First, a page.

Responsibility in a globalised environment : a charter of human responsibilitiesResponsibility in a globalised environment : a charter of human responsibilities
Faculty of Arts. Philosophy
Research group
Center for Ethics
Publication type
Source (journal)
Journal of global responsibility
3(2012):1, p. 111-120
Target language
English (eng)
Full text (Publishers DOI)
University of Antwerp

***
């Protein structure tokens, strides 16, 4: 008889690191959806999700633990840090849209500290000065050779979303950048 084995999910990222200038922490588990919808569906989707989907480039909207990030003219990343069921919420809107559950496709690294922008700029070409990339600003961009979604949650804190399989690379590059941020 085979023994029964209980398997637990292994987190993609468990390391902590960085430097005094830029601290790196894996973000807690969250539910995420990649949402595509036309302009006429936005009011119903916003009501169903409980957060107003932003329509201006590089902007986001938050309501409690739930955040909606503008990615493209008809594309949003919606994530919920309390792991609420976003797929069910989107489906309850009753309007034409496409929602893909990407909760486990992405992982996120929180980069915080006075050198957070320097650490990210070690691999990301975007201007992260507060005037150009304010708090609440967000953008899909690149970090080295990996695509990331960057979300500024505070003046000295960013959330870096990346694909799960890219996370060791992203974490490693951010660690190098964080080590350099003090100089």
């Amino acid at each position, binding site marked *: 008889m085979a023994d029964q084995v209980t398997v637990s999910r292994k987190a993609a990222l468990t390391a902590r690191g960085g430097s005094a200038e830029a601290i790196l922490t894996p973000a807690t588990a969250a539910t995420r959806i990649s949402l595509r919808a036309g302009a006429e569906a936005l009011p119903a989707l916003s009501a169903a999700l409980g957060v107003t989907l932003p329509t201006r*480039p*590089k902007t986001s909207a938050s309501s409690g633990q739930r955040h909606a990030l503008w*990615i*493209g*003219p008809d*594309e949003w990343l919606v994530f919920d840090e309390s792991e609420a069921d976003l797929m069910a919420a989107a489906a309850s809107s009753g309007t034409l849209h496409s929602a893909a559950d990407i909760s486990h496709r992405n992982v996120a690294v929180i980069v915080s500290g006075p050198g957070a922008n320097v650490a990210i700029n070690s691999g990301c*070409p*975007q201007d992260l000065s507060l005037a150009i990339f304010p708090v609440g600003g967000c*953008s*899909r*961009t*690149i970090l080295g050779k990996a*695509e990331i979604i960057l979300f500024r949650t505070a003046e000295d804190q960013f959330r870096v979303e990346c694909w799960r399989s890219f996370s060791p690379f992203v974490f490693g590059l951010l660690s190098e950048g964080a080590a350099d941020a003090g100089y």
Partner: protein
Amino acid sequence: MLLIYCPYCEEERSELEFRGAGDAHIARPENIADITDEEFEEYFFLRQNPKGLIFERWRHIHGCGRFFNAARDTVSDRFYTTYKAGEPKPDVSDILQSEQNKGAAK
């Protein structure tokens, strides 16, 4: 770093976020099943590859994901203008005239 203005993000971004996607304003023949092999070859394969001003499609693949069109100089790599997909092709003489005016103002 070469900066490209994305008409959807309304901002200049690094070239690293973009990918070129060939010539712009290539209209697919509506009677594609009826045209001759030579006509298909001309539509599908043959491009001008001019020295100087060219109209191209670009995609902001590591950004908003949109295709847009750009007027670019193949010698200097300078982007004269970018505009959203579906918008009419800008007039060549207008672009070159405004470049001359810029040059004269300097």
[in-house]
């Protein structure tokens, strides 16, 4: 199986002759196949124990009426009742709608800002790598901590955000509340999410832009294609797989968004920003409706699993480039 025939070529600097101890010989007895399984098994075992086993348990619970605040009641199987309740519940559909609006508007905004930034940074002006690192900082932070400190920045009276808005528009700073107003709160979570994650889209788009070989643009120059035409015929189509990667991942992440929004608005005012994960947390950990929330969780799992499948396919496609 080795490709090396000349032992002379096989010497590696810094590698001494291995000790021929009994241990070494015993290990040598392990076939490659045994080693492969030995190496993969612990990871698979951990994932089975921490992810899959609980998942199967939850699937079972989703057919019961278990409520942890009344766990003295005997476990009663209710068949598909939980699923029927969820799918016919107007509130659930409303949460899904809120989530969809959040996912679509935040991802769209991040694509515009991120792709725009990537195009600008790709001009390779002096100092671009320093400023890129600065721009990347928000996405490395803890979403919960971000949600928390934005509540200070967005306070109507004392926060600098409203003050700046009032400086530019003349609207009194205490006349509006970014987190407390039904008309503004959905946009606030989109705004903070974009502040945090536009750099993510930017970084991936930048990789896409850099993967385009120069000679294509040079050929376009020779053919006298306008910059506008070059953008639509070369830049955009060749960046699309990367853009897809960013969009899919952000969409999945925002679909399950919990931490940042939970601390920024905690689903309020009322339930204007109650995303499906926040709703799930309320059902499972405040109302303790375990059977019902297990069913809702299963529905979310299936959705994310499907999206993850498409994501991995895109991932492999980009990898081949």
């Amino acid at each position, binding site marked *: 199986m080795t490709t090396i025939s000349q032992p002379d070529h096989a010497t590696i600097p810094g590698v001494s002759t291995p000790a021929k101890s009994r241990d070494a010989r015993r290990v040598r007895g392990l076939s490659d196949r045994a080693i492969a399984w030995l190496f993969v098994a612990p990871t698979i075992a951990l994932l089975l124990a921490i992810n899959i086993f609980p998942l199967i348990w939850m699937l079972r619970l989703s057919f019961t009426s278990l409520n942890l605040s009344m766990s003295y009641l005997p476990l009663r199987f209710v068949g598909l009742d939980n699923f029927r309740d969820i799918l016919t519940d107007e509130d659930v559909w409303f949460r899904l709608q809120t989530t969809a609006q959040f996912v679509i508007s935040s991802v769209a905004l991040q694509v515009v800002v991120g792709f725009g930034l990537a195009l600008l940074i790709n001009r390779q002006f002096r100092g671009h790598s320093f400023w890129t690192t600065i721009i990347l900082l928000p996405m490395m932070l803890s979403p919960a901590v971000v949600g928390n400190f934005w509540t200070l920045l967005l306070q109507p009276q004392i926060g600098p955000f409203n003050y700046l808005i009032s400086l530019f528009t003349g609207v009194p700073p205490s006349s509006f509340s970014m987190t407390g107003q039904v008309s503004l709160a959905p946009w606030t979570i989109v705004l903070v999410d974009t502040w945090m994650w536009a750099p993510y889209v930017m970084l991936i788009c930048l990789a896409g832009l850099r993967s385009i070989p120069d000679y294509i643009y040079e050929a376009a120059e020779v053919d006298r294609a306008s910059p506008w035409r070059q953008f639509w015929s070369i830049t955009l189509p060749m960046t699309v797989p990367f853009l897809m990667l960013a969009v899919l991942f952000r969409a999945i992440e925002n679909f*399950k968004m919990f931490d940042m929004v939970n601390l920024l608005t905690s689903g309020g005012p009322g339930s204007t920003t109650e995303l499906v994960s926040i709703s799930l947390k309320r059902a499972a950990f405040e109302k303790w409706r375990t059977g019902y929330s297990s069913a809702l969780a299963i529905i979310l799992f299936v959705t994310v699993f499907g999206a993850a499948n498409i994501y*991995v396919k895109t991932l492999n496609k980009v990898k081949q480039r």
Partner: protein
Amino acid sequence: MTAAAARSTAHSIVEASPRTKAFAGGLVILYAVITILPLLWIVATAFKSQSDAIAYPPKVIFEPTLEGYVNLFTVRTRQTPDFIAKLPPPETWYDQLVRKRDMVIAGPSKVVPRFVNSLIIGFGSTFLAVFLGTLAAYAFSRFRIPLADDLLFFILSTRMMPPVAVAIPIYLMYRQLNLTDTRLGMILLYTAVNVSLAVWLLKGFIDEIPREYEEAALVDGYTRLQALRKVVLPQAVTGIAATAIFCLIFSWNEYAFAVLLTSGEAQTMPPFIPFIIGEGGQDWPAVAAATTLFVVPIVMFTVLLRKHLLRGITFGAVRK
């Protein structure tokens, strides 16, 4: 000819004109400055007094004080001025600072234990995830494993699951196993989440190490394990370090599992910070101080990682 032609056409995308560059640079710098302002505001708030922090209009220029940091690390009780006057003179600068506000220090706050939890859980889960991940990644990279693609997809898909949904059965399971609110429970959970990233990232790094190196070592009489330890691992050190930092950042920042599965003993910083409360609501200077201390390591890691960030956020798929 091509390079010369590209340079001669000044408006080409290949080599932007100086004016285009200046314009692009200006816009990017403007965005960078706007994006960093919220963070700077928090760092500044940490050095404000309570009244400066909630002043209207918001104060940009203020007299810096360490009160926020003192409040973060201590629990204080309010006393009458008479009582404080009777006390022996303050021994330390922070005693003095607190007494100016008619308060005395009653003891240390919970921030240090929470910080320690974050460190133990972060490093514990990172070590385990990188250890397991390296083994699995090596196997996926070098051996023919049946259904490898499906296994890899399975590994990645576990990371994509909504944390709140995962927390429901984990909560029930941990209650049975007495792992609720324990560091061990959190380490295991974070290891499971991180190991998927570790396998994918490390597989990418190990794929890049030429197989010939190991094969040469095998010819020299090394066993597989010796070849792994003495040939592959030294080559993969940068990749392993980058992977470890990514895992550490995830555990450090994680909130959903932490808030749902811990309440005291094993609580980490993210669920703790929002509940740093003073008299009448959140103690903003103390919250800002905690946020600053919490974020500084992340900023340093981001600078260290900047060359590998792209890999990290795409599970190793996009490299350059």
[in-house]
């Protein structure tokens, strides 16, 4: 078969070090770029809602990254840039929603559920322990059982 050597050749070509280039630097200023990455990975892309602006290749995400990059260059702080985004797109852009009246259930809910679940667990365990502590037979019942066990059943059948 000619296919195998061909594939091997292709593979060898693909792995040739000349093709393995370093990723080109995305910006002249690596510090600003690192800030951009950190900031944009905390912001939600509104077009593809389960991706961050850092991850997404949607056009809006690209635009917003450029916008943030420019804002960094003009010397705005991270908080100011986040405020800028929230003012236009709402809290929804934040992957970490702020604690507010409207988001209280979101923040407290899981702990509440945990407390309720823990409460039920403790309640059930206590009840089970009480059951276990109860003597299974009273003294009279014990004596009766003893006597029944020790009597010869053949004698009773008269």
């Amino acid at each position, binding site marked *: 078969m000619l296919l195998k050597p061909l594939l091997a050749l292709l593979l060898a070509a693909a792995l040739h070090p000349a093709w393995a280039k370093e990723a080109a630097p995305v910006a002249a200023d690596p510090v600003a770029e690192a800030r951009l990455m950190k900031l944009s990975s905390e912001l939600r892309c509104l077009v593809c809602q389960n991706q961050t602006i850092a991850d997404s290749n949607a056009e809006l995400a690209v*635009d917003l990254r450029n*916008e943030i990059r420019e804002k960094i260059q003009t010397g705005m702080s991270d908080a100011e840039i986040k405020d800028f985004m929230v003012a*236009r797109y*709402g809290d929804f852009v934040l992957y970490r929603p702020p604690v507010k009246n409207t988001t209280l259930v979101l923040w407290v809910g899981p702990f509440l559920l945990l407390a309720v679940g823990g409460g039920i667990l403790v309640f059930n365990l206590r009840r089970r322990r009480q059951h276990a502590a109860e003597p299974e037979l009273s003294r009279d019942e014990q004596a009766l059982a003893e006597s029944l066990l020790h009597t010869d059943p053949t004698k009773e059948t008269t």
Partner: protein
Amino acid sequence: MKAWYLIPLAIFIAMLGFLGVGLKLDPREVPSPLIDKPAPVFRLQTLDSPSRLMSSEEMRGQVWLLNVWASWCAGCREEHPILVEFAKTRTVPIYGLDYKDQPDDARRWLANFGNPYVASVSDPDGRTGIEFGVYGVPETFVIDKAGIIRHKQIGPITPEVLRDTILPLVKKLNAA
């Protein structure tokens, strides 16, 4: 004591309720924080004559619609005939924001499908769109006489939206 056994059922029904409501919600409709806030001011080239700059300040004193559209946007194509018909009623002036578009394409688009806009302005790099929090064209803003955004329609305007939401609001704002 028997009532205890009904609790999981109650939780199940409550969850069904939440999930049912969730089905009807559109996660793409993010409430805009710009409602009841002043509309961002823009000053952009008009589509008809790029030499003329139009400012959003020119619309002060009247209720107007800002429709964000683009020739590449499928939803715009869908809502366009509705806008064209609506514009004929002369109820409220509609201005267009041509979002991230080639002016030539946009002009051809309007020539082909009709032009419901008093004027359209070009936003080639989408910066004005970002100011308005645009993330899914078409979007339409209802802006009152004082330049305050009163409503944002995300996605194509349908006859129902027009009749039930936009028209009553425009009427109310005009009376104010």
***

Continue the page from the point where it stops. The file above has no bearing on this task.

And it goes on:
Purpose The purpose of this paper is to explore how one can prevent the flaws or dark sides of the globalisation process from leading to ever-greater decay of responsibility. By decay of responsibility, is meant the threat that globalisation poses to what is referred to by philosophers such as David Harvey, John McMurtry and Paul Ricoeur, as the longing for being and solidarity with the other(s). Design/methodology/approach To put a stop to the decay of responsibility, the urgency of a broader ethical dimension in globalisation is more apparent than ever before. The threat the globalisation process poses to the longing for being and solidarity with the other(s), increasingly necessitates an appropriate responsible global institution. Findings Of central importance are the principles of merit and need as possible basis of a responsible institution. The intrinsic logic of the merit principle incorporated in the growth process of globalisation, induces a series of impermissible side effects. Therefore, the traditional correction of democracy giving priority to the principle of need instead of merit, no longer appears to counteract the market economy to be able to provide guarantees for a responsible globalisation process. Research limitations/implications Politics needs to assure the survival of the social community, all the more so if its future is under considerable threat. The acceptance of responsibility implies also the care for the most fragile. Practical implications The paper explains the need of an ethics of responsibility that transcends the excessive ego-centric globalised society. Therefore, participatory or responsible justice is considered to be of the utmost importance. Participation should be broadly interpreted and include policy makers, environmentalists, scientists, economists, lawyers, ethicists, consumers, farmers and other representatives of civil society. Originality/value The present worldwide economic, social and ecological crises have created fertile ground for claiming the need for an internationally recognized charter setting out human responsibilities. The concept of a Charter of Human Responsibilities can be an original elaboration of the concern with institutionalising responsibility